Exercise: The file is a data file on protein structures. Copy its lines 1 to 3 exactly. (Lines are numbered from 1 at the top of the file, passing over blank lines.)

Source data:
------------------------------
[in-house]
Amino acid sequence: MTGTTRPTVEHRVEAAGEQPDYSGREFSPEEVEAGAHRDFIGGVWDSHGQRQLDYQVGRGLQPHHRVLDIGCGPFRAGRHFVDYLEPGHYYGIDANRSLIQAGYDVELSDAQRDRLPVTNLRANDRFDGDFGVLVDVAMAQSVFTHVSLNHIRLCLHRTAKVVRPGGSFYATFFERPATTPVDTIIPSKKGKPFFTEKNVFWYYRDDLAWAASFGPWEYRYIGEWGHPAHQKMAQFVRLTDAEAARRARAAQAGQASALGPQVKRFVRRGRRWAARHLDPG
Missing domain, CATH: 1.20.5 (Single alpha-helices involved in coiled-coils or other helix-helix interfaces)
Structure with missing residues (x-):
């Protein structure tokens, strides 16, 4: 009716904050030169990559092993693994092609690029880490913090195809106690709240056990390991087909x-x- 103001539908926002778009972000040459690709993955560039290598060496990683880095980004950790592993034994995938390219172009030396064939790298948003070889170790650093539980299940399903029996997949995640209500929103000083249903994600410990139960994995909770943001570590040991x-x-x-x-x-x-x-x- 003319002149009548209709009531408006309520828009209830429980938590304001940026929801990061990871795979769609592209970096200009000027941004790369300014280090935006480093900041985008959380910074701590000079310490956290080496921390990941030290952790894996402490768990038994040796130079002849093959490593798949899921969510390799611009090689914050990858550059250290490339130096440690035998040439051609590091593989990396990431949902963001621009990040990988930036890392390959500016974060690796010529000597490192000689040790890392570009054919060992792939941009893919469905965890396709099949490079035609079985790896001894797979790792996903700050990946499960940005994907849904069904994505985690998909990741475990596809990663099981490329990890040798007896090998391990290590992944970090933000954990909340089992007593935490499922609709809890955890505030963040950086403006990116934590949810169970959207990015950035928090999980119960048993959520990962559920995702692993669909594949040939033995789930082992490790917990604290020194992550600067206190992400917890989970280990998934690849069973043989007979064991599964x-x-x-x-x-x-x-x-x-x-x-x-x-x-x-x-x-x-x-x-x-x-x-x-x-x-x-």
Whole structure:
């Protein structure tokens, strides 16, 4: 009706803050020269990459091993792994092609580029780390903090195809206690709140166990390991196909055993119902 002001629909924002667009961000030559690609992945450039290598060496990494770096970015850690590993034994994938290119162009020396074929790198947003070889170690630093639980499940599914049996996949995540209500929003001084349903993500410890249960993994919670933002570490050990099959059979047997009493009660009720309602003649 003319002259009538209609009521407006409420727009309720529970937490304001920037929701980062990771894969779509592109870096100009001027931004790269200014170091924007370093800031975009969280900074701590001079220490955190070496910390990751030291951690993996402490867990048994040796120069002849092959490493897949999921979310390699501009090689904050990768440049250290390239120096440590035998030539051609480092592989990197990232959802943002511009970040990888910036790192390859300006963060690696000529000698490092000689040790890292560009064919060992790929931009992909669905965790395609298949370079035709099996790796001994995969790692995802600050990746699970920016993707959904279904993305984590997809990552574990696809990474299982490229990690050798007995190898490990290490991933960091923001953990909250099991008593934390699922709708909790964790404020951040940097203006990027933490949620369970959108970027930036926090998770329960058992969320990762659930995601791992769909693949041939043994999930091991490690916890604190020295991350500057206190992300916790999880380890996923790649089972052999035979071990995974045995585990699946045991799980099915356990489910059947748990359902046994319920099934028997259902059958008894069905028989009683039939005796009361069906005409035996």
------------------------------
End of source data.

[in-house]
Amino acid sequence: MTGTTRPTVEHRVEAAGEQPDYSGREFSPEEVEAGAHRDFIGGVWDSHGQRQLDYQVGRGLQPHHRVLDIGCGPFRAGRHFVDYLEPGHYYGIDANRSLIQAGYDVELSDAQRDRLPVTNLRANDRFDGDFGVLVDVAMAQSVFTHVSLNHIRLCLHRTAKVVRPGGSFYATFFERPATTPVDTIIPSKKGKPFFTEKNVFWYYRDDLAWAASFGPWEYRYIGEWGHPAHQKMAQFVRLTDAEAARRARAAQAGQASALGPQVKRFVRRGRRWAARHLDPG
Missing domain, CATH: 1.20.5 (Single alpha-helices involved in coiled-coils or other helix-helix interfaces)